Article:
Assessment of Smartwatch to Identify Atrial Fibrillation

Study Questions:

Does a smartwatch application (app) identify atrial fibrillation (AF) during typical use?


The Apple Heart Study is a prospective, open-label pragmatic study sponsored by Apple. Participants included those aged >22 years who downloaded the app with an irregular pulse notification algorithm, downloadable from the Apple App Store between November 2017 and August 2018. All participants owned an iPhone and Apple Watch, resided in the United States, and were proficient in English. Those who reported prior AF or current use of anticoagulants were not eligible. All participants provided electronic consent. If a smartwatch-based irregular pulse notification algorithm identified possible AF, a telemedicine visit was initiated and an electrocardiography (ECG) patch was mailed to the participant, to be worn for up to 7 days. Surveys were administered 90 days after notification of the irregular pulse and at the end of the study. The main objectives were to estimate the proportion of notified participants with AF (30 seconds or more) shown on an ECG patch and the positive predictive value of irregular pulse intervals with a targeted confidence interval (CI) width of 0.10.


A total of 419,297 participants recruited over 8 months were included in the present study. Over a median of 117 days of monitoring, 2,161 participants (0.52%) received notifications of irregular pulse. Of these, 450 participants returned ECG patches with analyzable data. Average time of ECG application was 13 days after app notification of an irregular rhythm. ECG patches were worn for an average of 6 days. AF was present in 34% (97.5% CI, 29-39) overall and in 35% (97.5% CI, 27-43) of participants ≥65 years of age. Among participants who were notified of an irregular pulse, the positive predictive value was 0.84 (95% CI, 0.76-0.92) for observing AF on the ECG simultaneously with a subsequent irregular pulse notification and 0.71 (97.5% CI, 0.69-0.74) for observing AF on the ECG simultaneously with a subsequent irregular tachogram. Of 1,376 notified participants who returned a 90-day survey, 57% contacted health care providers outside the study. There were no reports of serious app-related adverse events.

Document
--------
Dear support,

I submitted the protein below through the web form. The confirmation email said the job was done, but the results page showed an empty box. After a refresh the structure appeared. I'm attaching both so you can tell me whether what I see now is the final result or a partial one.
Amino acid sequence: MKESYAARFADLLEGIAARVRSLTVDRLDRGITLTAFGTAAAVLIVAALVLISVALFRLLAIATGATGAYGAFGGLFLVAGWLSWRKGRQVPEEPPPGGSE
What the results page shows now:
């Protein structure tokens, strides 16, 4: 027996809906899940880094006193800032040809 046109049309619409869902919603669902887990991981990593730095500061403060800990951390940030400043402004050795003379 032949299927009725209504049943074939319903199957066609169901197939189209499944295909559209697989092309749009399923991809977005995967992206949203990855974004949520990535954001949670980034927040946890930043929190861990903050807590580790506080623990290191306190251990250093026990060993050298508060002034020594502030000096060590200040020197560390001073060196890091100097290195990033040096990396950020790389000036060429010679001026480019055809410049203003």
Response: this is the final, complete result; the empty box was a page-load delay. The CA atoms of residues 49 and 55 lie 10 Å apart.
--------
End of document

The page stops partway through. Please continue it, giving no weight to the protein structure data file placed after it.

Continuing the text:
The investigators concluded that the probability of receiving an irregular pulse notification was low. Among participants who received notification of an irregular pulse, 34% had AF on subsequent ECG patch readings and 84% of notifications were concordant with AF. This siteless (no on-site visits were required for the participants), pragmatic study design provides a foundation for large-scale pragmatic studies in which outcomes or adherence can be reliably assessed with user-owned devices.


As the authors note, the potential for pragmatic studies with wearable devices is great. Real-time monitoring without the cost of multiple study visits has the potential to reach more participants, resulting in granular data generalizable to many. However, we still have a ways to go, as this study points out. First, although these data support the positive predictive value of the app, the study cannot provide negative predictive value. Prehaps more importantly, over 1,000 people who did receive a notification of an irregular rhythm failed to initiate a study visit. Reasons for this are important to assess and will inform on how we use health-related apps in health care – for if we design a tool that patients do not use, we will not improve health care. Last, apps such as this one, together with wearables such as the Apple watch, have great potential. However, health and public health providers must make sure the benefits of such devices and programs are available to all irrespective of income, geographic residence, or race.

Keywords: Arrhythmias, Cardiac, Atrial Fibrillation, Electrocardiography, Pulse, Secondary Prevention, Telemedicine

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